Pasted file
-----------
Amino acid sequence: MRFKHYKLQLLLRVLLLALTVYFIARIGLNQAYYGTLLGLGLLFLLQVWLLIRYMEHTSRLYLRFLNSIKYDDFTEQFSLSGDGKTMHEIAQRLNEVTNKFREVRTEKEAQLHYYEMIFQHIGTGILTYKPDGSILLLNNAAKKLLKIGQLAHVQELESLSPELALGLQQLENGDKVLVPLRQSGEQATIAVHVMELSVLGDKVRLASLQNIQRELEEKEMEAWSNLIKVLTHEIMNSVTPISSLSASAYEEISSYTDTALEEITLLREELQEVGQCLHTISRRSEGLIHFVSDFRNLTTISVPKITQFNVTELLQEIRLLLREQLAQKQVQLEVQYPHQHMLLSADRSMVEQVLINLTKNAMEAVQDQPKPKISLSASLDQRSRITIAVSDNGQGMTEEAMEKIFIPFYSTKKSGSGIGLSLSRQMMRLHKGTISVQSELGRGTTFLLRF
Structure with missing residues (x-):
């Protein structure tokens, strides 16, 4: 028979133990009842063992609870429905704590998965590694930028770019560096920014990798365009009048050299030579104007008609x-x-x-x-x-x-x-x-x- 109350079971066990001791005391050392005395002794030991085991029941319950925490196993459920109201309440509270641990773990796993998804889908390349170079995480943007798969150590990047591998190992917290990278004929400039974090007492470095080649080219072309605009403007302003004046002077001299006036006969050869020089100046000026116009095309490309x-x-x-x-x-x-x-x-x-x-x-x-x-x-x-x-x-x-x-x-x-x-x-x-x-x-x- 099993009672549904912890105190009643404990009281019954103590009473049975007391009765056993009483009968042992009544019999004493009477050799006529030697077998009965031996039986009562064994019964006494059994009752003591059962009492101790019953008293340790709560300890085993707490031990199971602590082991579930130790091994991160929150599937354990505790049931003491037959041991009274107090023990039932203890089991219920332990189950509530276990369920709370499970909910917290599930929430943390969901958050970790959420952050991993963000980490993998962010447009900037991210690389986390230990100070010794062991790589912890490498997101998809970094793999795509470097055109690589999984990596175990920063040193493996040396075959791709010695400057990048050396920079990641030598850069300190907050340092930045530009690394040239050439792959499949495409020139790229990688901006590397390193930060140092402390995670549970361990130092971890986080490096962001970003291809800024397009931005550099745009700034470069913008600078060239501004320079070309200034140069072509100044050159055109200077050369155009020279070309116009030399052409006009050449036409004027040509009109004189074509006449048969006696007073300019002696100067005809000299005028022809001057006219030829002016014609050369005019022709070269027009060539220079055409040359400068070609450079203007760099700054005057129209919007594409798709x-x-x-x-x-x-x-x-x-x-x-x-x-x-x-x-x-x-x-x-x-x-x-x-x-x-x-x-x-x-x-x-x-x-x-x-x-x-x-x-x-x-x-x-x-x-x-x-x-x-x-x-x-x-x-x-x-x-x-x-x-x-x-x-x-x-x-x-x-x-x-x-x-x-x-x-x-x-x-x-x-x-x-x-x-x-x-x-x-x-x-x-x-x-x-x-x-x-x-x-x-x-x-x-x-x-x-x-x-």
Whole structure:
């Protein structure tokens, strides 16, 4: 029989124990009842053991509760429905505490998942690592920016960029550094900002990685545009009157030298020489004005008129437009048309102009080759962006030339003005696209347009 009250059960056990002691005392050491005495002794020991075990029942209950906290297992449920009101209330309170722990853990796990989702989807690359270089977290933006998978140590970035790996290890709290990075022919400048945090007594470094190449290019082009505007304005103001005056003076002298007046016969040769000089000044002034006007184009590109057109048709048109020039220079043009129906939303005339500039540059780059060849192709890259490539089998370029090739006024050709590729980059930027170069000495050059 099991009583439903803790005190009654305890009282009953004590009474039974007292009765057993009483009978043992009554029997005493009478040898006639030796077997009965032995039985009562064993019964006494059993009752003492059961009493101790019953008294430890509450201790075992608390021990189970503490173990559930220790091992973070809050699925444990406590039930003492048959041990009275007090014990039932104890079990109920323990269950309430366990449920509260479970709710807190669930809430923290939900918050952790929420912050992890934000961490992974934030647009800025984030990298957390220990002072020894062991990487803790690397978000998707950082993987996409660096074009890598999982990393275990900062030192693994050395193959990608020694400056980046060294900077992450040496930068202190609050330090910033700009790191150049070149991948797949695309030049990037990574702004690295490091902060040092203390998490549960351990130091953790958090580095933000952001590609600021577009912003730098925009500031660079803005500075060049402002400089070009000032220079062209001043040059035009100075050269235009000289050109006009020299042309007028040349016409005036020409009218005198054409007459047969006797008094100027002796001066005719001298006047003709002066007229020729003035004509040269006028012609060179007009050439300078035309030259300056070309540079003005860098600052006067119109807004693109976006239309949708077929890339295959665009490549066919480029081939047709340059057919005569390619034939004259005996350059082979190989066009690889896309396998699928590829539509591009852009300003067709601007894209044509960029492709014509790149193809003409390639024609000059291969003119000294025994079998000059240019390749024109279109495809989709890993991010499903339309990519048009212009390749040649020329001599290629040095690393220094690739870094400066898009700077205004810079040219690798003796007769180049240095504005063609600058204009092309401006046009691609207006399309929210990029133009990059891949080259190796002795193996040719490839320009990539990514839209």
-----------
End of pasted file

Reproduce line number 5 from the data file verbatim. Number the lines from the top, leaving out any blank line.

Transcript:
């Protein structure tokens, strides 16, 4: 029989124990009842053991509760429905505490998942690592920016960029550094900002990685545009009157030298020489004005008129437009048309102009080759962006030339003005696209347009 009250059960056990002691005392050491005495002794020991075990029942209950906290297992449920009101209330309170722990853990796990989702989807690359270089977290933006998978140590970035790996290890709290990075022919400048945090007594470094190449290019082009505007304005103001005056003076002298007046016969040769000089000044002034006007184009590109057109048709048109020039220079043009129906939303005339500039540059780059060849192709890259490539089998370029090739006024050709590729980059930027170069000495050059 099991009583439903803790005190009654305890009282009953004590009474039974007292009765057993009483009978043992009554029997005493009478040898006639030796077997009965032995039985009562064993019964006494059993009752003492059961009493101790019953008294430890509450201790075992608390021990189970503490173990559930220790091992973070809050699925444990406590039930003492048959041990009275007090014990039932104890079990109920323990269950309430366990449920509260479970709710807190669930809430923290939900918050952790929420912050992890934000961490992974934030647009800025984030990298957390220990002072020894062991990487803790690397978000998707950082993987996409660096074009890598999982990393275990900062030192693994050395193959990608020694400056980046060294900077992450040496930068202190609050330090910033700009790191150049070149991948797949695309030049990037990574702004690295490091902060040092203390998490549960351990130091953790958090580095933000952001590609600021577009912003730098925009500031660079803005500075060049402002400089070009000032220079062209001043040059035009100075050269235009000289050109006009020299042309007028040349016409005036020409009218005198054409007459047969006797008094100027002796001066005719001298006047003709002066007229020729003035004509040269006028012609060179007009050439300078035309030259300056070309540079003005860098600052006067119109807004693109976006239309949708077929890339295959665009490549066919480029081939047709340059057919005569390619034939004259005996350059082979190989066009690889896309396998699928590829539509591009852009300003067709601007894209044509960029492709014509790149193809003409390639024609000059291969003119000294025994079998000059240019390749024109279109495809989709890993991010499903339309990519048009212009390749040649020329001599290629040095690393220094690739870094400066898009700077205004810079040219690798003796007769180049240095504005063609600058204009092309401006046009691609207006399309929210990029133009990059891949080259190796002795193996040719490839320009990539990514839209």